Tag Archives: Matthew Parris
and minimalist patterns are appearing: Koyaanisqatsi –
My answer to Matthew Parris HERE.
This novel by DF Lewis was published by the acclaimed Chomu Press in 2011. It has something to do with Clacton-on-Sea in Essex, where the author has lived for 20 years.
Now Clacton is about to go BIG. Possibly not as big as the novel itself, though.
The text on the original back cover of the book:
You have been suffering with dream sickness, and a Hawler has suggested you take the sea air for a rest cure. Perhaps you have been strolling along the promenade by the sands of Clacton-on-Sea, wondering whether your life is a dream, and if so, whether it is a real dream, or merely a dream of a dream. You put your face in the space of a seaside cut-out board and on the other side you see… a giant carpet in the wild spiral of a tornado burrowing into the earth, the weave of its multidimensional design revealing the capering of carpet apes, the things that haunt ceilings, the places where poultry becomes meat… You remove your face and find yourself back in the same day as before, with both sides of the cut-out board the same dream or unimaginable reality. But now you and everything else have together become completely nemonymous.
For the full treatment, insert your face in the space of Nemonymous Night by veteran Weirdmonger D. F. Lewis. Let the captain of this earthcraft take you from the left foot of man-city to the nemo of the ‘no me’. On a guided tour of the under-carpet of Inner Earth, decide for yourself if Greg is Greg or really Mike, if Beth is actually Susan, what it is the Hawler does to cure the dream sickness, and whether Mike or Susan might, in fact (or fiction), be you.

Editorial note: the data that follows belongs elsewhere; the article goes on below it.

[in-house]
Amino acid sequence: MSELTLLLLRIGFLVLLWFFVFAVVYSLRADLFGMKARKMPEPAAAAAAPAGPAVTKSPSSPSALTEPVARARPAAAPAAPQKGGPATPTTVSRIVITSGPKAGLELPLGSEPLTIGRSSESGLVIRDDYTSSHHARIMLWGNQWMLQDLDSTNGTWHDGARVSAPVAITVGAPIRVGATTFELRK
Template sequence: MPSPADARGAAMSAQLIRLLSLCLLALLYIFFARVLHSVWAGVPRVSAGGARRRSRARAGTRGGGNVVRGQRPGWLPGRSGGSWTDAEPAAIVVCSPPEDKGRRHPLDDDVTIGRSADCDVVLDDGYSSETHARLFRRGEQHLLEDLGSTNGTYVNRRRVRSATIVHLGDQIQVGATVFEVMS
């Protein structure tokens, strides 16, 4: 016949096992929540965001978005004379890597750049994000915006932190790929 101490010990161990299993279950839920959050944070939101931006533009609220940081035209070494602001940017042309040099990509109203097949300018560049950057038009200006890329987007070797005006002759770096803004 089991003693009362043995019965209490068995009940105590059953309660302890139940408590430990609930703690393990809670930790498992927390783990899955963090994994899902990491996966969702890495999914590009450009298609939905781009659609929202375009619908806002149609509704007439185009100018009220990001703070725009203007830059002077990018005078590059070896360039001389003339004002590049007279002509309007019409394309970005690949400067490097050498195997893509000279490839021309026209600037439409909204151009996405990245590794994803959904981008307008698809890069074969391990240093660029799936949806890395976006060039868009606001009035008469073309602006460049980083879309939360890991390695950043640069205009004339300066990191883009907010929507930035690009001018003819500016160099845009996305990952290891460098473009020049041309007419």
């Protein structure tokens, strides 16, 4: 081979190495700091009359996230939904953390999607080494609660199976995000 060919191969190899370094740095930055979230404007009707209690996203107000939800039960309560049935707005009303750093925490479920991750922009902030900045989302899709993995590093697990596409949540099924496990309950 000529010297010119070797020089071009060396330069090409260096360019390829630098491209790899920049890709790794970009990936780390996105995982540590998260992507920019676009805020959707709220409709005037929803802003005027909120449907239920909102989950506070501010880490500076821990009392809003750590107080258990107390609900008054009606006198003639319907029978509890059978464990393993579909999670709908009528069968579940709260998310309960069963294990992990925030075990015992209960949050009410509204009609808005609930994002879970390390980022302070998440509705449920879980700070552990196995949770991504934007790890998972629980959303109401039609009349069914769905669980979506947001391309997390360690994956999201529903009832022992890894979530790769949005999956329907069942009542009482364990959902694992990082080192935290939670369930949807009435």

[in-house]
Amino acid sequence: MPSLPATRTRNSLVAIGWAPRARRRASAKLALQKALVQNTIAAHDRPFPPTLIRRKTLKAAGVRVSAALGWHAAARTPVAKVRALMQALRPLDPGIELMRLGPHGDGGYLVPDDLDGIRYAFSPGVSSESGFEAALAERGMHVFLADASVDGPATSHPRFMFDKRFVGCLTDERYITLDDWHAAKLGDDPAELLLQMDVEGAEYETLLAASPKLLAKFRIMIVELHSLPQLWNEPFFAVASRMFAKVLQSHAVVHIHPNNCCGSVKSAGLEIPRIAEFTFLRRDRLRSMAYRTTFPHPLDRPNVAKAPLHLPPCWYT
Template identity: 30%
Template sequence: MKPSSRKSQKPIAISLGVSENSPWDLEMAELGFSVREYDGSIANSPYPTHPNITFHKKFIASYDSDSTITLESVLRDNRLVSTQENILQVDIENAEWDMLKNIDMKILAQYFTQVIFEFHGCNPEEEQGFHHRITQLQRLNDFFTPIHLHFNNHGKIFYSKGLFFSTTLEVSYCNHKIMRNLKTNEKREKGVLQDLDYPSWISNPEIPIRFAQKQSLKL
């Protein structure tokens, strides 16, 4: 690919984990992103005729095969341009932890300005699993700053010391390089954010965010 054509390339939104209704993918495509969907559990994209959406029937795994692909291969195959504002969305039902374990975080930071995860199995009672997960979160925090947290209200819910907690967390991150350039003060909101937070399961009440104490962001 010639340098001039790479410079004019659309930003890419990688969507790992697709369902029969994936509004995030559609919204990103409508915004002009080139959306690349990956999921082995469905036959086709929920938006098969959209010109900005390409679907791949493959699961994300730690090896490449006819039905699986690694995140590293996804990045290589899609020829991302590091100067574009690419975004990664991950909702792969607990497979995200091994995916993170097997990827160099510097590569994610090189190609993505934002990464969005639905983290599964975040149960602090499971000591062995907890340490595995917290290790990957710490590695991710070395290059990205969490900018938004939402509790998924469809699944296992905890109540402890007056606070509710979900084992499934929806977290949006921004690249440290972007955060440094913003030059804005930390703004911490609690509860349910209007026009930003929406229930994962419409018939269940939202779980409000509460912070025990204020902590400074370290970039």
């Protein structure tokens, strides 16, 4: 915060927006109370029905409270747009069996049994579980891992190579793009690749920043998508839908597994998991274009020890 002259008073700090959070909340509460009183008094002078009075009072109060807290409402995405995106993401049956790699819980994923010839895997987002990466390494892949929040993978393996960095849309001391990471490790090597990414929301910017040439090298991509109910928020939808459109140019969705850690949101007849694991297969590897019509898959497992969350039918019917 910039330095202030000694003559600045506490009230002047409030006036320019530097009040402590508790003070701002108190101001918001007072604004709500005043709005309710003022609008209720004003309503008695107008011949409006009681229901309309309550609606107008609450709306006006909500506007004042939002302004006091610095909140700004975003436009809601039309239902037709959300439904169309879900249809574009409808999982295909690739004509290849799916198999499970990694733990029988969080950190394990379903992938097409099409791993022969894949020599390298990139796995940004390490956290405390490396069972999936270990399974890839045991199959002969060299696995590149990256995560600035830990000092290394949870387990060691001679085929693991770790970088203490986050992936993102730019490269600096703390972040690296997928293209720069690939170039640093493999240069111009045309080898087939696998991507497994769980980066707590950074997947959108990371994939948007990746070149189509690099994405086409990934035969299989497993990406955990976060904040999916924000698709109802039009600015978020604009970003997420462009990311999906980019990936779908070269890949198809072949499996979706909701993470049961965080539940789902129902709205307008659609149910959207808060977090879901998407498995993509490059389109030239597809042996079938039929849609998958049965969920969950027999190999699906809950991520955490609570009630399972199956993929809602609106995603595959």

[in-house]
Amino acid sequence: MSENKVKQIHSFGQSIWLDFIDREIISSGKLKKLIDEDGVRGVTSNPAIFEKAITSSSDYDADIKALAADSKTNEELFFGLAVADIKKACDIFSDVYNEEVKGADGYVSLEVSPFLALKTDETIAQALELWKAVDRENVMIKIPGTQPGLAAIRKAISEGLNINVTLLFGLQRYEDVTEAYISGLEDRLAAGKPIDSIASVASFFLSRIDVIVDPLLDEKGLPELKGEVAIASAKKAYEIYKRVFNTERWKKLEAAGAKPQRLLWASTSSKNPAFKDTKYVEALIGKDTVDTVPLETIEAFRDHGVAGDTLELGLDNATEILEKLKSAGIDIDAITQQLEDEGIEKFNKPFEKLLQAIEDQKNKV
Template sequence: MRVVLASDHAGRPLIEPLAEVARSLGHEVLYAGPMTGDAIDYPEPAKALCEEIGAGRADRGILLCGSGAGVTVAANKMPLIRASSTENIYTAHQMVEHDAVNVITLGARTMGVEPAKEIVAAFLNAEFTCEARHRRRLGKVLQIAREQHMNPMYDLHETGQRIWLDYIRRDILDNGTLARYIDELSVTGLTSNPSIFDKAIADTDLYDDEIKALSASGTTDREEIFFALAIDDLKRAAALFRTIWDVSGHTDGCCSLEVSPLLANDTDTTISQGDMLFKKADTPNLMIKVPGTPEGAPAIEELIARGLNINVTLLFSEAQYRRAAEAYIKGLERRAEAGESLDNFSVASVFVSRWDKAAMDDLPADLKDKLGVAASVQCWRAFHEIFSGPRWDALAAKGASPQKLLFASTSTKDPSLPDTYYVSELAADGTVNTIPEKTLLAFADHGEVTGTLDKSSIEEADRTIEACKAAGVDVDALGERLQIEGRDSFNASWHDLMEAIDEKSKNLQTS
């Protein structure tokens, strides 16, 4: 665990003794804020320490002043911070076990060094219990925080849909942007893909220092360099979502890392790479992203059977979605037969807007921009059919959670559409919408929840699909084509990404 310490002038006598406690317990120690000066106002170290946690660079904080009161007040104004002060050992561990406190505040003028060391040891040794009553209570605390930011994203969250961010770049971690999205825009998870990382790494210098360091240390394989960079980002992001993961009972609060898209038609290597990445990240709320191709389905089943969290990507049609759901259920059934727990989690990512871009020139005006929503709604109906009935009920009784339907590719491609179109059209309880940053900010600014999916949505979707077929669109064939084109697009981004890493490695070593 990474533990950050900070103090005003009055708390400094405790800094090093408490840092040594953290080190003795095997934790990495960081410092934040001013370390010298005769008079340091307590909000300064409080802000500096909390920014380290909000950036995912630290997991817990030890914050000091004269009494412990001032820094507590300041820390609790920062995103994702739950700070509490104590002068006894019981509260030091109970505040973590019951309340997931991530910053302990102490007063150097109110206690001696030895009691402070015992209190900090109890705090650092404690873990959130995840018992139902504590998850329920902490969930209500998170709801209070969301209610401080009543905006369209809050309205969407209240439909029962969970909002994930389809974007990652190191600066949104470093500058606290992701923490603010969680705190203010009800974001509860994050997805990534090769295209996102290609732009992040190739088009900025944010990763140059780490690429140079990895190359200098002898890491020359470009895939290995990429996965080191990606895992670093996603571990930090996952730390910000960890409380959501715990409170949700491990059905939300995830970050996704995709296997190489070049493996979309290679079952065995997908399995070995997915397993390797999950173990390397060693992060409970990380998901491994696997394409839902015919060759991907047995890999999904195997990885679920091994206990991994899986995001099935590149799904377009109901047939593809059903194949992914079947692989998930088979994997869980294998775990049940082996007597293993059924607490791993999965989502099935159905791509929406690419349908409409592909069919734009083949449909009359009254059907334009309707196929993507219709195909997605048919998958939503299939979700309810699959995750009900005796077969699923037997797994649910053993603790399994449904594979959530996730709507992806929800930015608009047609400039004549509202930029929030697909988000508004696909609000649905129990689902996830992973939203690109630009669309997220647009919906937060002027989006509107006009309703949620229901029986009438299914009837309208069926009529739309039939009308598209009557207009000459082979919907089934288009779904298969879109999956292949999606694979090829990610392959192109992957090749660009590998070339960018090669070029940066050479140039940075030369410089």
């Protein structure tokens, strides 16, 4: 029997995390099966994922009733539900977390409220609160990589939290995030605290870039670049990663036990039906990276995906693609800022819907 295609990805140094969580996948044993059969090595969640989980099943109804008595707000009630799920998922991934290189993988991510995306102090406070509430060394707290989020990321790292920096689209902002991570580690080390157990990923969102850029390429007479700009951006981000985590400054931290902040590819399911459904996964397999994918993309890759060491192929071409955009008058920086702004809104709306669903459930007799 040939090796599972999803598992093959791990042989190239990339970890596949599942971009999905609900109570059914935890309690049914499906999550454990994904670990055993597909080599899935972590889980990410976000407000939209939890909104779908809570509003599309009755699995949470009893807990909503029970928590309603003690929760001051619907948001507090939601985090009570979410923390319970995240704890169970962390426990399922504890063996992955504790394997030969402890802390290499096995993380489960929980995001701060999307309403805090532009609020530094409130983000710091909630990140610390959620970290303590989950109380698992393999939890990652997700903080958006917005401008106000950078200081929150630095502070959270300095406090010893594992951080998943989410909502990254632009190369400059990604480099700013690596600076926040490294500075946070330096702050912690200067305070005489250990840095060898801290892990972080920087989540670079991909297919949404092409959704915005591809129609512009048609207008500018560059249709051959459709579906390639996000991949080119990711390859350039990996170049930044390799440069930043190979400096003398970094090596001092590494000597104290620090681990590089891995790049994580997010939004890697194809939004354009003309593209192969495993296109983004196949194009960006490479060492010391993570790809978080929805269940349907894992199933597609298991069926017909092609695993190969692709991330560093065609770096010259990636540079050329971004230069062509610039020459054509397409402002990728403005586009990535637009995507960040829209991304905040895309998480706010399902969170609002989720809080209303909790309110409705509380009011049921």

I am writing this in reply to what Matthew Parris of The Times is reported here to have said about Clacton-on-Sea where I have lived for the last 20 years.
As partially demonstrated by my photographic reportage of the Clacton area on this blog in recent years and my long-term absorption of not only the area’s piecemeal particularities but also its gestalt, I contend it is a spiritual receptacle akin to the abbey ruins, chalice well gardens and Tor of Glastonbury in Somerset which is a genius loci that I first encountered by visiting it and feeling it for myself in the 1970s with my then young family, as originally impelled by my reading ‘The Glastonbury Romance’ by John Cowper Powys (a book whence I quote here).
Clacton is a genius loci, too, a destiny, a crossover conflux that deserves better than those who are currently using or abusing it. Or perhaps it will now be harnessed for its optimum potentiality seeing that it has thus been clumsily delivered a higher profile by those who don’t yet fully understand such potential.
Only today, just as an aside, I discovered for the first time, without really looking for it, the artefact below hidden away in a corner of the crazy golf near Clacton pier. It was as if I was meant to find it today.
PS: I was born in Walton-on-Naze (part of the Clacton constituency) in 1948.